We're adapting now. We know that if you build these things, they'll do it. But we don't know why.

Now you get to an interesting situation where, in some cases, they're applying these kind of classification algorithms, so things like image recognition, and for diagnosing skin diseases from just pictures of the lesions. They turn out to do better in some cases than the trained doctors that diagnose this. The question is, should we trust these?

If we're going to start putting these systems in, can we trust that the answers they come with are right often enough, or when they're wrong, aren't so far wrong that they can create danger? We should really understand how the decisions are made.

RM: Right. When we inspect these neural nets, what we see is, oh, here's a node that has a weighting of 0.4. And, we have no idea what that means. This is problematic for, let's say again you're using a neural net to do a credit scoring algorithm, and now you reject somebody for credit, and you can't explain, you can't really explain why you did it. Right?

So it could be biased. It could be gender bias, racial bias, other kinds of things. And we can't prove it one way or the other. And so how are companies dealing with things like this, other than just not using neural nets?

MC: Well, right now, the example you give is just perfect. Because this is a national problem, right? where they're trying to train neural nets to do resume inspection in order to help people make more quick and automated decisions for hiring. And what happened is, when they trained them with the people, the people they trained them with had biases. And those biases just got reflected into the software somehow-- we don't know-- into the neural net somehow, we don't know why.

We don't know where in the neural net to look. The answer is, right now, you're actually to use these kind of technologies until you can figure out where in the decision process the virus found its way in. You really shouldn't be using these neural nets for solving problems like that.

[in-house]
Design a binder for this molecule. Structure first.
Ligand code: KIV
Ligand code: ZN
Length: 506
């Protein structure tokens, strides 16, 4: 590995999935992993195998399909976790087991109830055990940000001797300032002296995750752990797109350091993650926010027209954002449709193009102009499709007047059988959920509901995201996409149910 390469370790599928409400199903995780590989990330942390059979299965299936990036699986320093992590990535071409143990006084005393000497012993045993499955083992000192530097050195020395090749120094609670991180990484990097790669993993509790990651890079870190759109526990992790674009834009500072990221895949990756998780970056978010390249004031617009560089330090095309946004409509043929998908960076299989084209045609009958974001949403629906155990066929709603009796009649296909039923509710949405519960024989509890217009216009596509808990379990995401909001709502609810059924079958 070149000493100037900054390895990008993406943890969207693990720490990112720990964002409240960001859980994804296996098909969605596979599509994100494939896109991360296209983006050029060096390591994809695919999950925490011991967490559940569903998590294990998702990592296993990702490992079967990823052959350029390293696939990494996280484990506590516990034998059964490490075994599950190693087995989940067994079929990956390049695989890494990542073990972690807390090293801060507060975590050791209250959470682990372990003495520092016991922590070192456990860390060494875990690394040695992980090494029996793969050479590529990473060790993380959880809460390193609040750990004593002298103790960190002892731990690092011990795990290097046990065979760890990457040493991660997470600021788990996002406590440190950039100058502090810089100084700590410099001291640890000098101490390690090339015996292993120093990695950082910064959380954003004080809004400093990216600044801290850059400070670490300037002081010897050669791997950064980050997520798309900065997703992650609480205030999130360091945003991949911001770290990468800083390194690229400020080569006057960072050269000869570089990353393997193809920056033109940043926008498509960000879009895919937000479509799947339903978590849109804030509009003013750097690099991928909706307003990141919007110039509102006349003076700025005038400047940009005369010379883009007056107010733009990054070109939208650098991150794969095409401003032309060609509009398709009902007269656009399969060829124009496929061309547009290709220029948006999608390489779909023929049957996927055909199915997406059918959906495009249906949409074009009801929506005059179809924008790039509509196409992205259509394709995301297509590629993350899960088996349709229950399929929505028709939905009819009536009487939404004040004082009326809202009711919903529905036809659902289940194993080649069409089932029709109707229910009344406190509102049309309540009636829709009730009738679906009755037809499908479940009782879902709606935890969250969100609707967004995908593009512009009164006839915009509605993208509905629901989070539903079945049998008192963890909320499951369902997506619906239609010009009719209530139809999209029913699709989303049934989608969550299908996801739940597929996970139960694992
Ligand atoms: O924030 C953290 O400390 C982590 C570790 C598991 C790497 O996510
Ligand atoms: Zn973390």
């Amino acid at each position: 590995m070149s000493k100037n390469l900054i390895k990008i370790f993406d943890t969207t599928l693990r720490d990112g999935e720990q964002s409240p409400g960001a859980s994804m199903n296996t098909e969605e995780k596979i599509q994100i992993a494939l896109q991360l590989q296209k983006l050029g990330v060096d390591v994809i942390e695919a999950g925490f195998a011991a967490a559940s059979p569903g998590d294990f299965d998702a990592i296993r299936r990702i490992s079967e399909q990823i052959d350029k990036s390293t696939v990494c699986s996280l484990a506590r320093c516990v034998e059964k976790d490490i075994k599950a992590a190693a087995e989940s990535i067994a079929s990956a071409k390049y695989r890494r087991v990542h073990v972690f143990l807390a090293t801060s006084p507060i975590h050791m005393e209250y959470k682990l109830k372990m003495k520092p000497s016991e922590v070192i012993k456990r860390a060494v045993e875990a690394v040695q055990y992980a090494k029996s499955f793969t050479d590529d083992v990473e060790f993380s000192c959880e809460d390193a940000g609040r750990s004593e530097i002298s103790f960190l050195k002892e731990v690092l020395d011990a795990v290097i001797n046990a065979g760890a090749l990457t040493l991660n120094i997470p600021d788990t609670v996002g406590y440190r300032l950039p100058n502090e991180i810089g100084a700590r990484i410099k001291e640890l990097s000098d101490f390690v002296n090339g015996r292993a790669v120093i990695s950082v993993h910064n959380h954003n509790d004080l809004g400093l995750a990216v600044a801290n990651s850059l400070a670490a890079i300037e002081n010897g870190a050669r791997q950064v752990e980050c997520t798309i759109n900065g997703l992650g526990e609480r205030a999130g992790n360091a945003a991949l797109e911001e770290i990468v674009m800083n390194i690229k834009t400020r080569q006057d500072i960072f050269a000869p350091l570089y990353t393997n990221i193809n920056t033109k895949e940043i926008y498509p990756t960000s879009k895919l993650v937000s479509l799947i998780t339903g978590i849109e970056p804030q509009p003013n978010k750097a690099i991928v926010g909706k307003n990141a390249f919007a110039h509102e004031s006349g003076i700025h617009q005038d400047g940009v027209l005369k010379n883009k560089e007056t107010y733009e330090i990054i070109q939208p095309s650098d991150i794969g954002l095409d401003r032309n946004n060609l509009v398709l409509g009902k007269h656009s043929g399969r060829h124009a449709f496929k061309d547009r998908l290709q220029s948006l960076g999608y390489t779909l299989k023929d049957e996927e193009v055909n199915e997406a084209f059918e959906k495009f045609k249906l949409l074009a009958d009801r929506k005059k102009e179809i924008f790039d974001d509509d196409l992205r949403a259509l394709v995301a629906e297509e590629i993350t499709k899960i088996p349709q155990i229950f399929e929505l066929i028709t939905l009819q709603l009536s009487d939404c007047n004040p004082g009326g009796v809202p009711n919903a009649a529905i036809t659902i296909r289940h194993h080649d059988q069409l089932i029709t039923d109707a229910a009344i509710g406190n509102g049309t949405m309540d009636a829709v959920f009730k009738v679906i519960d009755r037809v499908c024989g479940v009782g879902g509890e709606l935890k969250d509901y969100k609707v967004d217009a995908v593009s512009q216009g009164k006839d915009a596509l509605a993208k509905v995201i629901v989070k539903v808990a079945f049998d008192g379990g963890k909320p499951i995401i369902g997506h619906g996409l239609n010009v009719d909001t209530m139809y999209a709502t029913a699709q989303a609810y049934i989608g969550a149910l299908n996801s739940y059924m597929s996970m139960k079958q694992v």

For medical purposes, for avoiding certain kinds of liabilities, or whatever, given that we don't know what these algorithms are really doing, you really can't rely on them to do classes of things, certain classes of things. This is a well-understood problem. DARPA has asked, and there's other research supporters who asked-- so, OK, can we figure out a way to look at the decision processes that these systems are making, and then sort of partition-- not only understand the geometry of the classification space, but also understand the geometry of the decision space?

There are techniques for doing this. They're sort of very speculative and privately held right now. But I think they will work. And they're really exciting for mathematicians, because they get to use a whole lot of sort of deep math involving topological decision analysis, and the like to start understanding now-- essentially, the topology and geometry of the decision space. I wish there were a simpler answer for you, Rob, but that's where we're going.

RM: Yeah. I mean, it's interesting. You don't hear people say very often that it's a great time to be a mathematician.

MC: I don't know why.

RM: I'm a hardware engineer by training. My original degree was very many years ago. And it is kind of nice for me, as an entrepreneur now, that this last wave of technology was sort of social, mobile cloud. And it didn't require strong and deep tech chops the way that sort of this new wave does-- of blockchain IoT and AI. And that's kind of exciting that the hard tech has come back.

What do you think about some of the AI? You know, there's rumblings about non-neural AI approaches, resurgence in symbolic logic programming, probabilistic programming, things that might make explanation easier. I read about some work at IBM where they're using neural networks to generate symbolic logic programs so that the symbolic logic programs then are explainable, even if the neural nets weren't. Do you have any experience with any of those, or have any thoughts on these new approaches?

MC: Well, first of all, neural nets, at the base of them, are really probabilistic, anyhow. If you start looking what a neural net does, it predicts the likelihood of some input being in an output. And there are more advanced neural nets, Bayesian neural nets and the like, that make this more explicit. Those turn out to be both more accurate and more compute intensive.

The symbolic logic thing is, I think, a dead end. I won't go there. The problem is that in the real world, it is very unlikely that we can apply sentential calculus, predicate calculus to real world problems. Because we never have the certainty of A implies B, period. All we have is it's likely that a A implies B. And you get the likelihood from degree of belief by using base theorem.

Now on the other hand, there are techniques that are related to neural net that there are some papers out there that show that random forest method, about which you can be much more explicit about the decision process. And people are writing some fairly scholarly papers on the relationship between random forest and neural net as a path for explaining what the neural nets are doing. Because you can sort of understand what the random forests are doing in some instances.